The earliest record of this sheep variety is found in ancient Uruk (3000 BC) and Ur (2400 BC) on stone vessels and mosaics. Another early reference is found in the Bible (Leviticus 3:9) where a sacrificial offering is described which includes the fat tail of sheep.
These beautiful animals were specifically bred for the unique quality of the fat stored in the tail area. The fat, called Allyah was used extensively in medieval Arab and Persian cooking. Sheep tail fat is still used in cooking today although there is a reported decline with other oils increasing in popularity and ease of purchase.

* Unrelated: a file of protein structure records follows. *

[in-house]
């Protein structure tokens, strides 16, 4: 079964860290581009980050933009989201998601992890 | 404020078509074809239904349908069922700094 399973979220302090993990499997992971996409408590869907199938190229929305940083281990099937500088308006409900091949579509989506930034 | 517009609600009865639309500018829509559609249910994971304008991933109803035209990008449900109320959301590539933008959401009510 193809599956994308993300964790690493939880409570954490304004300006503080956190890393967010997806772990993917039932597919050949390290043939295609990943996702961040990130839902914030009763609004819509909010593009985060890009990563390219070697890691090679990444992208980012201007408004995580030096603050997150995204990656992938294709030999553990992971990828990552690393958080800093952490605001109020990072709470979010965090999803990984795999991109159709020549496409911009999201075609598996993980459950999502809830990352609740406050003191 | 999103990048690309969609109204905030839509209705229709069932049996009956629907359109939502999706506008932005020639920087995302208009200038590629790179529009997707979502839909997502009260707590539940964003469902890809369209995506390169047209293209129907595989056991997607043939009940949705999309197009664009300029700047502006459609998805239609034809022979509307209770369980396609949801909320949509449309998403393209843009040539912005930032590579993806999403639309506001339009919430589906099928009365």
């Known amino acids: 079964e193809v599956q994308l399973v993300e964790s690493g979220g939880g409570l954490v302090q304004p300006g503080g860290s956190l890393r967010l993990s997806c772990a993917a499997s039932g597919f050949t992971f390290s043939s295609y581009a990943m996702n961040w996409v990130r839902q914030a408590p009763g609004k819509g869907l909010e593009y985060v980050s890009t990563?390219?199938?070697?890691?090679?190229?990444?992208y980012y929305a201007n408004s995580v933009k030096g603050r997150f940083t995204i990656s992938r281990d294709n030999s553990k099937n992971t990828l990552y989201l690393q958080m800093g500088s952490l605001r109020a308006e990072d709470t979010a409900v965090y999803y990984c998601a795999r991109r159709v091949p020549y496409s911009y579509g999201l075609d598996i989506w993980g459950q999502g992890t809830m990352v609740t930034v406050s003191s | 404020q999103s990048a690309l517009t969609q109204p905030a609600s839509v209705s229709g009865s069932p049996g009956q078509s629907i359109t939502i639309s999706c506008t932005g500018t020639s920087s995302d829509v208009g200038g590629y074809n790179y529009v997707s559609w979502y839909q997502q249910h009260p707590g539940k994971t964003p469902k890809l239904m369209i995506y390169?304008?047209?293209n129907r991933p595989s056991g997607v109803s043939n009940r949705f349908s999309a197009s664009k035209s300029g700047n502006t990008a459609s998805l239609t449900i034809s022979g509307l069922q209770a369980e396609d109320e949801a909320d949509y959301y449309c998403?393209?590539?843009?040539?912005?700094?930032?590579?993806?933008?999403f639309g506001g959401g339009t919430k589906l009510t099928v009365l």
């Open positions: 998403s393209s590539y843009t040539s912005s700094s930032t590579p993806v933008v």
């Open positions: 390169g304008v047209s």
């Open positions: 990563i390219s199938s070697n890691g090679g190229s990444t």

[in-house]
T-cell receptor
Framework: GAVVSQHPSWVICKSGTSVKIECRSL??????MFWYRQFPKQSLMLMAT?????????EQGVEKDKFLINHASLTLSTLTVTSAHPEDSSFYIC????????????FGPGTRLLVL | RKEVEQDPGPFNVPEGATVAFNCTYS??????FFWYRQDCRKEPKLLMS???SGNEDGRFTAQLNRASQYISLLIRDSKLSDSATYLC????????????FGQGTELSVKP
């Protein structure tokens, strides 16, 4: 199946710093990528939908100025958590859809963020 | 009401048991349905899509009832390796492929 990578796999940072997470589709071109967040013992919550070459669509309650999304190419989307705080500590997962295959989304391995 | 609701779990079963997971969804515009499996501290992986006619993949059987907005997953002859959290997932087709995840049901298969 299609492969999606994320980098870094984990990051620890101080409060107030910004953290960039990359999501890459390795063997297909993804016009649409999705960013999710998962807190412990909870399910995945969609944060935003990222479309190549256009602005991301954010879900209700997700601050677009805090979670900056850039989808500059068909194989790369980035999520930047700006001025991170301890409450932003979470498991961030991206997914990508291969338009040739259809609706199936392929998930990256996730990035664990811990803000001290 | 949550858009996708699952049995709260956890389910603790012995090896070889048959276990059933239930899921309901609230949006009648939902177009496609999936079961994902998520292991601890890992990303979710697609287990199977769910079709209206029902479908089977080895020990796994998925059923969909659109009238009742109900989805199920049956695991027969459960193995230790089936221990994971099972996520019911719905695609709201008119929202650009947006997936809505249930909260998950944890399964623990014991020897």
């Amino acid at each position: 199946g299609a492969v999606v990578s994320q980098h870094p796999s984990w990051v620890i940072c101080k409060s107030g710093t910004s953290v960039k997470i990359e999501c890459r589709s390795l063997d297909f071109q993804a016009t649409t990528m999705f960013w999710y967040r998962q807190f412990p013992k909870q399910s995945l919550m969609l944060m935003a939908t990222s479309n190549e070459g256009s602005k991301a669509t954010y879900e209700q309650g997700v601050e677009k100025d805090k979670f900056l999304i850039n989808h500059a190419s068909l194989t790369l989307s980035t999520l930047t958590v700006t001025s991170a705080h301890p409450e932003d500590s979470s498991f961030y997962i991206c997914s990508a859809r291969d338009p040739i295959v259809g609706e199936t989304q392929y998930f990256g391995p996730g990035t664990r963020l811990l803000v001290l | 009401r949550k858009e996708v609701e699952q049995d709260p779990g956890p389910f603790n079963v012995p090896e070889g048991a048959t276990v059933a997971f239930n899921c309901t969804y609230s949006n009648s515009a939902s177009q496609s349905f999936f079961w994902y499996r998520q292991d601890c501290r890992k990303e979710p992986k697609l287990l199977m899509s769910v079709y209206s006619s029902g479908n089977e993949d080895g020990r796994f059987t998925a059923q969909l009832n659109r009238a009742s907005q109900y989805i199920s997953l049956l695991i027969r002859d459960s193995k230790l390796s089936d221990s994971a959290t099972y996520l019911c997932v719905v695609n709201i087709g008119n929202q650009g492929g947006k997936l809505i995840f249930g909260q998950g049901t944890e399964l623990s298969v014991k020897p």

Fat tailed sheep are very hardy and adaptable, able to withstand tough challenges of desert life. When feed is plentiful and parasites at bay, fat-tail sheep can be massive in size and growth. The carcass quality of these sheep is quite good with most of the fat concentrated in the tail area. The fat can account for 10lbs of weight on a 60lb carcass.
The most common fat-tailed breed in the US is the Karakul. There is a growing market in the US for these sheep as the ethnic population is the fastest growing sector of sheep consumers in North America.
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